24 Aug 2011

BEING EMILY.

The 62nd book read for my 100+ Reading Challenge.....


BEING EMILY by ANNE DONOVAN


Things are never dull for the O'Connell family. Squeezed between her quiet older brother and the mischievous line-dancing twins, Fiona finds her escape in the books of Emily Bronte. But tragedy is not confined to Victorian novels, and life for Fiona is about to change forever.


Moving, funny and ultimately heartwarming, Being Emily is a wonderful novel about one young girl trying to find her place in the world amid the turmoil that only your own family can create.
.... Outer back cover.


FIRST SENTENCE: Through in the livin room Patrick was paintin the fireplace while Mona and Rona practised their linedancin.


MEMORABLE MOMENT(Page 16): Ah sat in the swing next tae Jemma's, started to move higher and higher, usin ma knees tae power me. Ah loved the squidgy feelin in my belly, felt ah was flyin. Ah kept on swingin, fast and high for a few minutes, then let the swing slow doon till it idled and stopped.


KEEP IT OR NOT?: A Reading Group read, this will be returned for other groups to read.


As with every 'rule' there is the exception and I'm afraid to say that this novel was very nearly the exception to my rule that says when I have started a book I must finish it. I put it down and picked it up on so many occasions that I thought I would never get it read and I must confess that I did skip whole paragraphs.


Set in Glasgow, Scotland, the author chose to write much of the dialogue as it would have been spoken (my Memorable Moment being an example) which meant that, at best, I was having to reread large bits of the book several times and, at worse, I was totally unable to follow what was being said which, I'm afraid, almost ashamed, to say meant I never found myself involved with the characters let alone the plot.

13 comments:

Mary said...

Just from the excerpt I can tell I would be distracted by the writing - and I do understand the point of writing that way (I just don't enjoy reading it). Don't be ashamed, you're not alone :)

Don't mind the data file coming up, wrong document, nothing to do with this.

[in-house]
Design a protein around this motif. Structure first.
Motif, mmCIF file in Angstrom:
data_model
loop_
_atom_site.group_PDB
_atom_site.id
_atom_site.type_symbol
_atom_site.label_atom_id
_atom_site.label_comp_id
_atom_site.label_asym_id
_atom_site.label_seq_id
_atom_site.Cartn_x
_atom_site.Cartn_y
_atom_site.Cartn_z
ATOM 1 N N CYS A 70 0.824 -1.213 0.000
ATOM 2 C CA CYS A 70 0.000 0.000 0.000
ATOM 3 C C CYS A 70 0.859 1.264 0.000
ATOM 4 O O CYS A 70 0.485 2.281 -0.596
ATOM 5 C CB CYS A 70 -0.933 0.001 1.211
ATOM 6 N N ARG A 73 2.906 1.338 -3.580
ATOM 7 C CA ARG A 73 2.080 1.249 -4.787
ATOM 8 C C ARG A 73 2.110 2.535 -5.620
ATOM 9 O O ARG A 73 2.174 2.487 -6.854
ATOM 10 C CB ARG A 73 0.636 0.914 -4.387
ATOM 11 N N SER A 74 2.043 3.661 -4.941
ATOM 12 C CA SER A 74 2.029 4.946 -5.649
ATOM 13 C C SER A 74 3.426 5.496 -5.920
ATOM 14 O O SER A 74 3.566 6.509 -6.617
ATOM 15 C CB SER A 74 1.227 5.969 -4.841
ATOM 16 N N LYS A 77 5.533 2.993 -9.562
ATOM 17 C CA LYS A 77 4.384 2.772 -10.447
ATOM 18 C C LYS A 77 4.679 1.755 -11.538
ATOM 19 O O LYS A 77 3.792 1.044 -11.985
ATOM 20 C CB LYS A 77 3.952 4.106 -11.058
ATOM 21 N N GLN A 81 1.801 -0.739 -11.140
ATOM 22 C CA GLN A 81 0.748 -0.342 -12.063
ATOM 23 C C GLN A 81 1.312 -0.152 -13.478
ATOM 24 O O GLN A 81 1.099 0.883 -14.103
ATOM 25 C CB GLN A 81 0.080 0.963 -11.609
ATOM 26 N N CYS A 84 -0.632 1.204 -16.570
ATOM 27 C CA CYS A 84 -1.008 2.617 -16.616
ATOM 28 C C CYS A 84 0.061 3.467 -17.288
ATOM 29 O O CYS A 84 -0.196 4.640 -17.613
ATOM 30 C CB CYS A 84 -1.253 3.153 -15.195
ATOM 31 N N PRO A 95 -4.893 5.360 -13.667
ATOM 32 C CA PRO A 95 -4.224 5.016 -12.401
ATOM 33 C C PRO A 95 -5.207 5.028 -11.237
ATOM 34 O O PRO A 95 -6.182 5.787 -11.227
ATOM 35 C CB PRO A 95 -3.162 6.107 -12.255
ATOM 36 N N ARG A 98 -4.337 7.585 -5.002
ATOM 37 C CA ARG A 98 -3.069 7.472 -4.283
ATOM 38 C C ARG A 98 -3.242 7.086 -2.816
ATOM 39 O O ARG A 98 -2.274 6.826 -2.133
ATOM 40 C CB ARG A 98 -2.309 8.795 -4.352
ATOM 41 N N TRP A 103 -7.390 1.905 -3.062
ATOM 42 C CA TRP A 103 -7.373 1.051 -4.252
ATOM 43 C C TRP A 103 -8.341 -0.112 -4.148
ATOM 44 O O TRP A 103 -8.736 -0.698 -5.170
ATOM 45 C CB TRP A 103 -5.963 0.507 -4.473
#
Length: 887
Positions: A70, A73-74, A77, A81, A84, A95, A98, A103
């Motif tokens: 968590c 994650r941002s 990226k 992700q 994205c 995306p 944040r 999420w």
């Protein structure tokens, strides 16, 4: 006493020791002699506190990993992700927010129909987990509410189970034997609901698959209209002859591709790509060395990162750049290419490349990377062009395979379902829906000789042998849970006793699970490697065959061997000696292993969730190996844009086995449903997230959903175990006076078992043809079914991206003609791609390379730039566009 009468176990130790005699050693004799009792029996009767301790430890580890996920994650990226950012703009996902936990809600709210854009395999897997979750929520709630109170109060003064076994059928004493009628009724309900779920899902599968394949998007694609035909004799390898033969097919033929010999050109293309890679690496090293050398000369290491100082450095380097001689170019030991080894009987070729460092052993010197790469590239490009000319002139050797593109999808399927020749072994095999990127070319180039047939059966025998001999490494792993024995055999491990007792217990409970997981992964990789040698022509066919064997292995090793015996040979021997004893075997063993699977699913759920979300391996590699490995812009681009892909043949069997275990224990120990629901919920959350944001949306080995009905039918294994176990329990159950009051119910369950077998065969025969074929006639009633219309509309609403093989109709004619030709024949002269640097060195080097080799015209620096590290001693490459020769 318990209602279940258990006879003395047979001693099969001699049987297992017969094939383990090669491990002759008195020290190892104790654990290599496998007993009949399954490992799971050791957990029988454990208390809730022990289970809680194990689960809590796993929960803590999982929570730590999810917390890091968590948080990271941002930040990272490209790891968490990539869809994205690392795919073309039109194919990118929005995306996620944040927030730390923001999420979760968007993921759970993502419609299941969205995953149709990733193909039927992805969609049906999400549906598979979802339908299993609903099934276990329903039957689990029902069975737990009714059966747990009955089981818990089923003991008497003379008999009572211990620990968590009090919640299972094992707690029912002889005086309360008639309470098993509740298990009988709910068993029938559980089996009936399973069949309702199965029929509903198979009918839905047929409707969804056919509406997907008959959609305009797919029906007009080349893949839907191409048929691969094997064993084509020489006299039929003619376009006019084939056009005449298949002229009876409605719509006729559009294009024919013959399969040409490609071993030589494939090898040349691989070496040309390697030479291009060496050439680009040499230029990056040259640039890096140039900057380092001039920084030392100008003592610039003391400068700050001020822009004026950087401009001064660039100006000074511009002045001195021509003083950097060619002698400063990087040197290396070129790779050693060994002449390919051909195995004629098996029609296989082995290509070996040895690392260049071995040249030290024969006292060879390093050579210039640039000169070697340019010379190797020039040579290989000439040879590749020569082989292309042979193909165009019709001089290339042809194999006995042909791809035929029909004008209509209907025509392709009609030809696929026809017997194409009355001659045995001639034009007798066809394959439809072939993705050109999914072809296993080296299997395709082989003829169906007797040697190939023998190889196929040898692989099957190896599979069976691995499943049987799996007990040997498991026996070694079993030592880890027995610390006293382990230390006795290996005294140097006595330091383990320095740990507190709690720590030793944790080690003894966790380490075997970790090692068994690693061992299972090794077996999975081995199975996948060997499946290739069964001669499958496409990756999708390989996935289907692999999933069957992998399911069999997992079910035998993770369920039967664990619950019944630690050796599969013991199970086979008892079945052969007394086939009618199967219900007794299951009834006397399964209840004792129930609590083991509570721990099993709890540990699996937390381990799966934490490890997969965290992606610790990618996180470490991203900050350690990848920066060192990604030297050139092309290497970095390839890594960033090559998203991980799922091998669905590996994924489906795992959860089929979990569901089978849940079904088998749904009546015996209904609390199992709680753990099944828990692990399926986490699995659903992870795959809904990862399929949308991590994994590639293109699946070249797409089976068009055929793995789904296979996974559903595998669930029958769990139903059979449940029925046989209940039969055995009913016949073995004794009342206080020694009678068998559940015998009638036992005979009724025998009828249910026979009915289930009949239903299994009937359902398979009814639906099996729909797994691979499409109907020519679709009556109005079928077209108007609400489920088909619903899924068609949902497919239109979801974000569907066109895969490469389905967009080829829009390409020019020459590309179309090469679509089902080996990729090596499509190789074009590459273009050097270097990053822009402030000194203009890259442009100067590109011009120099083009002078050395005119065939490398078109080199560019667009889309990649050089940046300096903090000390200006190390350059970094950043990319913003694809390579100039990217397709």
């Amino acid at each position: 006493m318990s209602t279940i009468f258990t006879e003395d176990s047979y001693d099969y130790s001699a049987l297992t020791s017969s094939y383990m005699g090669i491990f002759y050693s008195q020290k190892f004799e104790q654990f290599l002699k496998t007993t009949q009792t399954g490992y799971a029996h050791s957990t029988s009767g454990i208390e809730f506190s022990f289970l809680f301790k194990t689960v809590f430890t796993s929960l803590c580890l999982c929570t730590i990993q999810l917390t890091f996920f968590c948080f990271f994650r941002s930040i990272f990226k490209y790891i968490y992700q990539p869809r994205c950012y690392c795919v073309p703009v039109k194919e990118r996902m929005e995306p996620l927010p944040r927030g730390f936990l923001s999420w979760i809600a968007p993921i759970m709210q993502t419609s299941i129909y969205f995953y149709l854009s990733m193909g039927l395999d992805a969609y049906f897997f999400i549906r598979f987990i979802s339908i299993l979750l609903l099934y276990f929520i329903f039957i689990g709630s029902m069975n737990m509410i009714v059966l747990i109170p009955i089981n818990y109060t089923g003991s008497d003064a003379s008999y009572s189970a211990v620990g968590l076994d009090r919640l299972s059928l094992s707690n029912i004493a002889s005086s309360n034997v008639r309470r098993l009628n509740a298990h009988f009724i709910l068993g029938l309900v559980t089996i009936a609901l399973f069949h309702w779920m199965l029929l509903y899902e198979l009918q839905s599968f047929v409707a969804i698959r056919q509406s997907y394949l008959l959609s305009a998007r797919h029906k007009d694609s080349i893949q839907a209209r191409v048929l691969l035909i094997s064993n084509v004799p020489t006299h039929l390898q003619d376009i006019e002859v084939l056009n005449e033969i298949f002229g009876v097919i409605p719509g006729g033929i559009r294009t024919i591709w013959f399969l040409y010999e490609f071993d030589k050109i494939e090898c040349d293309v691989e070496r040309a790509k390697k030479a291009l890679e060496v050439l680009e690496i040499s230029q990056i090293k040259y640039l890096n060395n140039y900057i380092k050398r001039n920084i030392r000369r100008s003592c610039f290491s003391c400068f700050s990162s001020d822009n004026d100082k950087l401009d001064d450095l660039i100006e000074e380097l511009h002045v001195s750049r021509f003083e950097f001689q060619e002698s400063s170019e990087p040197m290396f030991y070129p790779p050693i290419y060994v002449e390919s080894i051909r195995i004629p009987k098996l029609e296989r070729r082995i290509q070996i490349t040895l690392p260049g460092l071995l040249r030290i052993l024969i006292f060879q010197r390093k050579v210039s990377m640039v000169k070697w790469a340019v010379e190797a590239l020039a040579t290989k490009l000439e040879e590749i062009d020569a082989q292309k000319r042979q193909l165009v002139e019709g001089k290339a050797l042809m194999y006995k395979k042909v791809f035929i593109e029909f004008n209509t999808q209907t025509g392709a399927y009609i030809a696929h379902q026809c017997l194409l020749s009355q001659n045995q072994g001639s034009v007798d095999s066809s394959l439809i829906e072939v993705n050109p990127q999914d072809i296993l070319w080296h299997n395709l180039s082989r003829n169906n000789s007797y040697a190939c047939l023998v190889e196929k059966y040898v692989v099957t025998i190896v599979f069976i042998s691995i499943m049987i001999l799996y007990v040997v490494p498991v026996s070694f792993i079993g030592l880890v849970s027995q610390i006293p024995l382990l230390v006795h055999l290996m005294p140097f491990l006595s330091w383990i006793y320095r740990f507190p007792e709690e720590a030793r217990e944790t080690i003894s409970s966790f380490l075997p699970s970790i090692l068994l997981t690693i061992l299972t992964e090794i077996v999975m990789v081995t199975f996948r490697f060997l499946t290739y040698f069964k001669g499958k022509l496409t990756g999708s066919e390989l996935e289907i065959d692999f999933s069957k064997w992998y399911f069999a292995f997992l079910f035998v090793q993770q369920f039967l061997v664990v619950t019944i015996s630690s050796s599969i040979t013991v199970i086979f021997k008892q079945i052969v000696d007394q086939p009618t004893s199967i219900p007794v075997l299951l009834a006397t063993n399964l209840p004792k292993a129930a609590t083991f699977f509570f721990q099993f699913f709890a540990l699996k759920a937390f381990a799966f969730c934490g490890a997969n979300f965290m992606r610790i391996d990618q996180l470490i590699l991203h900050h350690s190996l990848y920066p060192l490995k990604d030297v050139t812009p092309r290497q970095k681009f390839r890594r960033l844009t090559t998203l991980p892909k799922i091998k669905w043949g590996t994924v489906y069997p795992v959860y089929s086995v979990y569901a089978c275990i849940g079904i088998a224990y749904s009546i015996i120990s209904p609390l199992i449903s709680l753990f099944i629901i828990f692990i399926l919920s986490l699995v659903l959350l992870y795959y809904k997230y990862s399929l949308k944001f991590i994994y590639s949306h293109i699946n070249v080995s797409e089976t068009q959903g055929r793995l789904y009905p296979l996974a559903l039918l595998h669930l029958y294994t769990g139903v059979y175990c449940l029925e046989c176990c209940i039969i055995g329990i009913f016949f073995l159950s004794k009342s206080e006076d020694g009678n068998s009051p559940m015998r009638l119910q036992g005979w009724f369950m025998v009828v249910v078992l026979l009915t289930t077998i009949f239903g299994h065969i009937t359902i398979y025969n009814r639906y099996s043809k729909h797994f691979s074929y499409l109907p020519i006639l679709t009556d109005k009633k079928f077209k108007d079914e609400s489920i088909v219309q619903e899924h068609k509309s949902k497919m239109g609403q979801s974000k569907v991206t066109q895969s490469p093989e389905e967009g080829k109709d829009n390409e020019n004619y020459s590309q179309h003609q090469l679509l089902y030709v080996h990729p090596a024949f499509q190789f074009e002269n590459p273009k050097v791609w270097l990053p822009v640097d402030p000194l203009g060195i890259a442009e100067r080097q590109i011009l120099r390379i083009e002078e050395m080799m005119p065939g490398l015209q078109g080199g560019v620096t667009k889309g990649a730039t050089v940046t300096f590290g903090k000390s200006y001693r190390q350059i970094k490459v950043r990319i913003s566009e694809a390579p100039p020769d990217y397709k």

Vivienne said...

I really don't enjoy dialogue that is written in the same way they pronounce it. Definitely not one for me, but you did well not giving up.

GMR said...

Yeah...I can definitely see that happening. In fact, even the excerpt had my mind wandering. Too bad...the story might be really good, if the language didn't get in the way. Thanks for sharing!

Kelly said...

I have a lot of difficulty trying to read books written that way. Especially if they are a dialect I'm really unfamiliar with. I'm impressed you stuck with it.

Betty Manousos@ Cut and Dry said...

sorry to hear that you didn't enjoy the book...i wouldn't enjoy reading it either.

hope you're having a good day.

big hugs!
betty X

Melissa (Books and Things) said...

I'm like you... I try so hard to finish a book that even if I am not liking it so much I skip paragraphs. So sorry this wasn't a book for you. Hopefully the next one will be good!

Suko said...
This comment has been removed by the author.
Suko said...

Sorry you didn't enjoy this book more. At least you gave it a chance.

Melissa (My World...in words and pages) said...

Sorry this one didn't work to well for you. But you gave it a big go. :) Thanks!

kavita said...

I would be distracted by guessing the right words .Makes a book less enjoyable .

StarTraci said...

That would be hard for me to follow, as well. I am always split over authors writing in dialect. I understand the desire to set a tome and musicality of a region but sometimes, it makes it almost impossible to understand.

Sorry it wasn't a winner. Asa lover of Emily Bronte, I was interested in the theme.

:-)

Traci

Erratic Thoughts said...

It is a bit distracting to reread some parts again, and going by the memorable moment excerpt I would've to reread a lot!
I wish it would have been more reader friendly...
Thanks Tracy for the review:)

naida said...

62 books read so far is great!
That is too bad this one was a miss though.